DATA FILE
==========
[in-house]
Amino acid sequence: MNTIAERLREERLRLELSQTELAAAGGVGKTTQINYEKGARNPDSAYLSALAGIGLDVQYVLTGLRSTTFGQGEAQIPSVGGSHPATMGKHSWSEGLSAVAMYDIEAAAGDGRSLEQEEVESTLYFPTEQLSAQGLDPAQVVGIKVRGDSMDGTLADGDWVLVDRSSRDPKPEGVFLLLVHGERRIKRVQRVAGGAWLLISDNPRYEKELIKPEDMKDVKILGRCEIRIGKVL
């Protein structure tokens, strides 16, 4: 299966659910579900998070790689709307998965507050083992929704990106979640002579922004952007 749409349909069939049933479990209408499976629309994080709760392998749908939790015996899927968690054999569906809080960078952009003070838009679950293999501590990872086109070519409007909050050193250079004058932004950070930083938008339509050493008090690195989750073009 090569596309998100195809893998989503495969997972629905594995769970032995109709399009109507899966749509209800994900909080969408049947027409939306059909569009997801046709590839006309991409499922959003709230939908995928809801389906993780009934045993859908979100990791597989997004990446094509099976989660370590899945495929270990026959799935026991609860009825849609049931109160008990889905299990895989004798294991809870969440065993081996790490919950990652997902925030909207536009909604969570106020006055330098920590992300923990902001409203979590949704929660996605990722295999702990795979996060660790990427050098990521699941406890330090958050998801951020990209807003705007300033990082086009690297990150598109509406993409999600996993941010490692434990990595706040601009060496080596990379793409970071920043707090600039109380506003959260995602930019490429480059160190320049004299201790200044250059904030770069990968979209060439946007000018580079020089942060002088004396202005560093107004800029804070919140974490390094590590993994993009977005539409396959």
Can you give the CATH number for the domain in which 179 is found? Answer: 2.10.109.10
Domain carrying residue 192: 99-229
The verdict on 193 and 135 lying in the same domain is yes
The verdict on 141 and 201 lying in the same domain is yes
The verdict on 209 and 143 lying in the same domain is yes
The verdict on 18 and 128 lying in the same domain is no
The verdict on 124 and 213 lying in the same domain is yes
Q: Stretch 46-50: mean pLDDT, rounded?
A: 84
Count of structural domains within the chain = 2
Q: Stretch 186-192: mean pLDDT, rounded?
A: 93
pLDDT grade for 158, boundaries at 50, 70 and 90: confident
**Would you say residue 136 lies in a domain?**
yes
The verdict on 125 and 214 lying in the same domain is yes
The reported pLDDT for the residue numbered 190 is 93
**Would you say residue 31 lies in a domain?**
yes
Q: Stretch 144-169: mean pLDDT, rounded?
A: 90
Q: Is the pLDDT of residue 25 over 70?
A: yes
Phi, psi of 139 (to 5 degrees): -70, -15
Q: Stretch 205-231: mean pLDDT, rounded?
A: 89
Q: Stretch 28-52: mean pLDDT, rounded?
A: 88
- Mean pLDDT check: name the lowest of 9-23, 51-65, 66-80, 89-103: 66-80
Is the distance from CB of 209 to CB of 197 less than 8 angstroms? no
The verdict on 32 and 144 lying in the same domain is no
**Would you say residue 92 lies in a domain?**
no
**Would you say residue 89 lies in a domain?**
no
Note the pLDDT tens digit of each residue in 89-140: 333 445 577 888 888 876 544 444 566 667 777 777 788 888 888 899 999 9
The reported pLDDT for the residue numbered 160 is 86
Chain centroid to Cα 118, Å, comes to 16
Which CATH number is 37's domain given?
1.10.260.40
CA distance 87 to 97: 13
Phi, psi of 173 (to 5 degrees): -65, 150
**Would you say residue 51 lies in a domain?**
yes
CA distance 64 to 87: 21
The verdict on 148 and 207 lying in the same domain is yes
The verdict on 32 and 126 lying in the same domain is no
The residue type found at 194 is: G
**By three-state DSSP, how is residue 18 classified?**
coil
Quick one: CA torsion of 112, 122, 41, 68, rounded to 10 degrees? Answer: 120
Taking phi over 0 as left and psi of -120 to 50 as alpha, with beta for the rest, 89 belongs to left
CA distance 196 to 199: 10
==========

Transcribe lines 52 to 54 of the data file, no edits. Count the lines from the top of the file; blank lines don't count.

**By three-state DSSP, how is residue 18 classified?**
coil
Quick one: CA torsion of 112, 122, 41, 68, rounded to 10 degrees? Answer: 120